Archive for May, 2011

ALL IN

Sunday, May 29th, 2011

Burnside held a crumpled napkin in his right palm. Stopping, slowly arching the trajectory, he lofted a missile up and some six feet ahead to a four foot waste basket. Swish!

“It’s all in the follow-through,” the shooter chuckled.
“Like in pitching,” I said.
“And golf,” he added.
“And…” (leaving a recovery meeting, I was compelled to be profound)…like in life.”

Fact is, though…it’s true. Still, it took this clown half a lifetime to see—to realize all I need to do is use the gifts I’ve been given—whatever they are—and things will be OK. When I really look at it, my level of acceptance relates NOT to how things play out as much as whether, deep down, I know I’ve done all I can, leaving nothing in the locker room. There’s a peace in being all in. A serenity.

For so long I was your “three inning player,” that great starter but poor (if at all) finisher. Losing interest (perhaps), fearing failure (at times), I’d tell myself it really didn’t matter, I somehow didn’t care or it wasn’t for me. Truth was I lacked not inner strength so much as inner faith that if I truly put it all out on the table, win, lose or draw, I’d succeed. Today I get it.

Today I follow through. Today I know I don’t have to be THE best—I need to be MY best. I’m changing from a boy with promise to a man with commitment, and— win, lose or draw, I can live with the outcomes.

As an English major, my minor was theater, (at least for three innings). Theater 165 however, mandated working stage crew a month at Mershon Auditorium. (I learned this two weeks in, of course, finally reading the syllabus).

SOUTH went my passion for the arts. Dropping the course, there went I, a college senior, changing minors. Cramming eighteen psychology hours (six three’s) into one quarter, I emerged a psych minor. (I still recall The Jersey Girl joining me for Monday evening’s Psch 120, “How To Study”. In a class full of freshmen we both got A’s).

The signs were there, back then. I was always looking for the easier, softer way. How often did I just mail it in…do just enough to get by? That record I set junior year— cut 100 classes one quarter—kept a chart! Funny then, not so… now.

We sold Highlights on weekends. Long before Breakfast At Wimbledon there was Breakfast On Albert. Each Saturday he’d confirm our awakening by feeding us and assure our production by offering free dress shirts to those with ten sales. We’d spread out across town, running oh so qualified leads, and, week-in, week out three things occurred: it rained in Wieder’s neighborhood, I hit 10 on the nose, and Stuart led the pack. How was it that I always seemed to get that tenth sale at 1 just as the Bucks kicked off? Each week? Why was it that Fenton worked ‘til 3? Each week.

I know now what it was: I had promise; Stuart showed commitment.

It all came so easy to me…even law school. Daily I’d drop the wife at work, run to breakfast at Corky’s, then down the hill for class. Morning classes—always morning classes. Afternoon, you see, meant soaps. Beginning on ABC, it was “All My Children” at 1, then a switch to Channel 3. “Days Of Our Lives,” “The Doctors,” “Another World In Bay City,” “Another World-Somerset,” and….for a time “Bright Promise.” Never mind studies…I was living the dream, never once thinking perhaps B’s could be A’s.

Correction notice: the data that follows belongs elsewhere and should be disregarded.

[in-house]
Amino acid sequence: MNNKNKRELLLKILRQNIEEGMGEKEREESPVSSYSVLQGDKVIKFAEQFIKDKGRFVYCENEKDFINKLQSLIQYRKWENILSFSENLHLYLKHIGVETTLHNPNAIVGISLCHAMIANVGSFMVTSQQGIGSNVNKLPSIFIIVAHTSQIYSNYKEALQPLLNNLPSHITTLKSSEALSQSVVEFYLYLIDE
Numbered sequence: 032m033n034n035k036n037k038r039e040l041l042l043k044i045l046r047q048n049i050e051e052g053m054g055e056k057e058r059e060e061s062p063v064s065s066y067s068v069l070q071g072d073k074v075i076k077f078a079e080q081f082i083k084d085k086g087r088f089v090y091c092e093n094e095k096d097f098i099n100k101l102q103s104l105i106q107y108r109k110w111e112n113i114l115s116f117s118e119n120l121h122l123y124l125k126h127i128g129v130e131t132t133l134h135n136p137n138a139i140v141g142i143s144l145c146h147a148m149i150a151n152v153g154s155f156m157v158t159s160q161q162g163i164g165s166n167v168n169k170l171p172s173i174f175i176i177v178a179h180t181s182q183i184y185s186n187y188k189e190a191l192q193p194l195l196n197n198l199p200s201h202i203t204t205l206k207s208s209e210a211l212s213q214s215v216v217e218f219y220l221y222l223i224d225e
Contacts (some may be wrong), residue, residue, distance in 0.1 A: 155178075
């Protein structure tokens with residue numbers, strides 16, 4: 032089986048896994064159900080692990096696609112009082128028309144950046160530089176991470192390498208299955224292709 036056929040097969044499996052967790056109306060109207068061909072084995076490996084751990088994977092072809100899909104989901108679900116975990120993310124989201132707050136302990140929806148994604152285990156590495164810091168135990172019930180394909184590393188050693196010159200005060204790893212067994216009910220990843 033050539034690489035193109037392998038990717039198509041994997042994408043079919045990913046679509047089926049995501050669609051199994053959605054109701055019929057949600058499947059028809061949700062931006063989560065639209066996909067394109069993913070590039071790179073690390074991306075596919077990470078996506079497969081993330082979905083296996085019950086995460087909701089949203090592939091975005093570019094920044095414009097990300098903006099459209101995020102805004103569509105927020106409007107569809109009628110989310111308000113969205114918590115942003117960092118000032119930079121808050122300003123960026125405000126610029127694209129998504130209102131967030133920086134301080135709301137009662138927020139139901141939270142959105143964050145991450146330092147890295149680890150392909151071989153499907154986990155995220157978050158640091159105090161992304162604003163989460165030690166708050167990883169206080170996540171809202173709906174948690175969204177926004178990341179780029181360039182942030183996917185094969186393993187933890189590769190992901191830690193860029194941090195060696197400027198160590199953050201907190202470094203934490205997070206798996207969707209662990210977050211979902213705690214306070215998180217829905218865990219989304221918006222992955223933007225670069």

The list of things I’ve done well, but perhaps not well enough is sobering. Hindsight, of course, is 20-20. What would have been had I worked harder at marriage…at fatherhood…at life? I’m not beating myself up….just thinking.

Recovery, to be sure, has taught me follow through. Today, be it fun, family or frolic, I’m in it to win it. As I can, whatever the endeavor, I try to be the best Bruce I can be. And yes, I often fall short.

Would I prefer to see my kids more? Of course! Did I tell them to leave town? Still I’m the best brother I can be, the best friend I can be…even the best ex-husband I can be…regardless of endeavor, it’s been a long time since someone’s said to try harder. Today, if only today, I finish what I start.

Would I like to spend more time reading poker, perfecting that skill? Of course I would. Should I watch my weight better? Respect the dollar more? Obviously. How well I know! Still, even as a work-in-progress, I’m comforted knowing it’s not the speed I’m travelling but the direction I’m facing.

So seldom these days do I think shouldda, wouldda, couldda. Once a bright kid with all kinds of promise, I’m now older, wiser, and all in. No wonder even my bad days are good. No wonder even when I miss the shot my life goes….Swish!

It’s all, as Burnside says, in the follow through.

IT IS THE END OF THE WORLD AS WE KNOW IT

Wednesday, May 25th, 2011

The signage on I-71 read MEDINA as Margie, from the backseat, reminded that us the world was ending. It was Saturday, and with Caroline aside her, it prompted Hal and me to address immediate concerns:

“Other than Mom or Dad,” I asked, “Who is the first person you’ll call?”
“In heaven?”
”Yeah.”

He hesitated but slightly: “Grandma Cele.”
“What about Grandma Bogart?” I protested.
“We weren’t as close.”

I guess I’d forgotten, but he was spot on. Instantly he spoke to all the times sleeping, swimming and otherwise hanging out with her. It was, we agreed, a function of logistics. One grandma was worldly and drove; the other was “old-country” and didn’t. (Speaking of logistics, FYI, the discourse took a ten minute detour when I casually noted that indeed, Cele Porter’d been the first person I’d seen—oh so inadvertently—south of her Mason Dixon line). “How old were you?” asked Hal between laughs.